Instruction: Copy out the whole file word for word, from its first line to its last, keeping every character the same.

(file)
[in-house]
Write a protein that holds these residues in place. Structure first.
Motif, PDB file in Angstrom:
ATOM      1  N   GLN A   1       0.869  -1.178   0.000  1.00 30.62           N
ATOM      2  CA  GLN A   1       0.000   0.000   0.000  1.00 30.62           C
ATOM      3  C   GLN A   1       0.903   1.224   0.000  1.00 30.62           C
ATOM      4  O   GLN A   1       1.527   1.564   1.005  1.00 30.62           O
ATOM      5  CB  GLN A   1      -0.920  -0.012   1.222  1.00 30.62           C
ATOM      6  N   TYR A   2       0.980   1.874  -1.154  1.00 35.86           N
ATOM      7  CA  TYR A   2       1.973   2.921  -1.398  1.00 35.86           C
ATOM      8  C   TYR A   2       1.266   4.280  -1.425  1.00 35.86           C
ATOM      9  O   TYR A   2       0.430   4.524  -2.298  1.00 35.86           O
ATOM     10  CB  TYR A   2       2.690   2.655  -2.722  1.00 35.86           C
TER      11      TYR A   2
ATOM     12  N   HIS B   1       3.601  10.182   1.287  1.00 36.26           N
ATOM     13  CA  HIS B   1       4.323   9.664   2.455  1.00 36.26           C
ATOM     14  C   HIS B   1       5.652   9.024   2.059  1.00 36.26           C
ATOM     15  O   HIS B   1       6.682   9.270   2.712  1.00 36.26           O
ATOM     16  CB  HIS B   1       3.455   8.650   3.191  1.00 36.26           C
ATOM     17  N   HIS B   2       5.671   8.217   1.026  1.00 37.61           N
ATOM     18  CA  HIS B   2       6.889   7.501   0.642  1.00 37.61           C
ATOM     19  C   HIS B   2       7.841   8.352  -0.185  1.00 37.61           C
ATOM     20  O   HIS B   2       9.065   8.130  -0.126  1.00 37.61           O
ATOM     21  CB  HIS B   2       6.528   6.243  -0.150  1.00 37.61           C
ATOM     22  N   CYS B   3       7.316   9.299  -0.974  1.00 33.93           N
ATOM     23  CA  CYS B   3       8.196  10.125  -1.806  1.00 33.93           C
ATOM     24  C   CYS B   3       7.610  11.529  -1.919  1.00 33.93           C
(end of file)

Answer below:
[in-house]
Write a protein that holds these residues in place. Structure first.
Motif, PDB file in Angstrom:
ATOM      1  N   GLN A   1       0.869  -1.178   0.000  1.00 30.62           N
ATOM      2  CA  GLN A   1       0.000   0.000   0.000  1.00 30.62           C
ATOM      3  C   GLN A   1       0.903   1.224   0.000  1.00 30.62           C
ATOM      4  O   GLN A   1       1.527   1.564   1.005  1.00 30.62           O
ATOM      5  CB  GLN A   1      -0.920  -0.012   1.222  1.00 30.62           C
ATOM      6  N   TYR A   2       0.980   1.874  -1.154  1.00 35.86           N
ATOM      7  CA  TYR A   2       1.973   2.921  -1.398  1.00 35.86           C
ATOM      8  C   TYR A   2       1.266   4.280  -1.425  1.00 35.86           C
ATOM      9  O   TYR A   2       0.430   4.524  -2.298  1.00 35.86           O
ATOM     10  CB  TYR A   2       2.690   2.655  -2.722  1.00 35.86           C
TER      11      TYR A   2
ATOM     12  N   HIS B   1       3.601  10.182   1.287  1.00 36.26           N
ATOM     13  CA  HIS B   1       4.323   9.664   2.455  1.00 36.26           C
ATOM     14  C   HIS B   1       5.652   9.024   2.059  1.00 36.26           C
ATOM     15  O   HIS B   1       6.682   9.270   2.712  1.00 36.26           O
ATOM     16  CB  HIS B   1       3.455   8.650   3.191  1.00 36.26           C
ATOM     17  N   HIS B   2       5.671   8.217   1.026  1.00 37.61           N
ATOM     18  CA  HIS B   2       6.889   7.501   0.642  1.00 37.61           C
ATOM     19  C   HIS B   2       7.841   8.352  -0.185  1.00 37.61           C
ATOM     20  O   HIS B   2       9.065   8.130  -0.126  1.00 37.61           O
ATOM     21  CB  HIS B   2       6.528   6.243  -0.150  1.00 37.61           C
ATOM     22  N   CYS B   3       7.316   9.299  -0.974  1.00 33.93           N
ATOM     23  CA  CYS B   3       8.196  10.125  -1.806  1.00 33.93           C
ATOM     24  C   CYS B   3       7.610  11.529  -1.919  1.00 33.93           C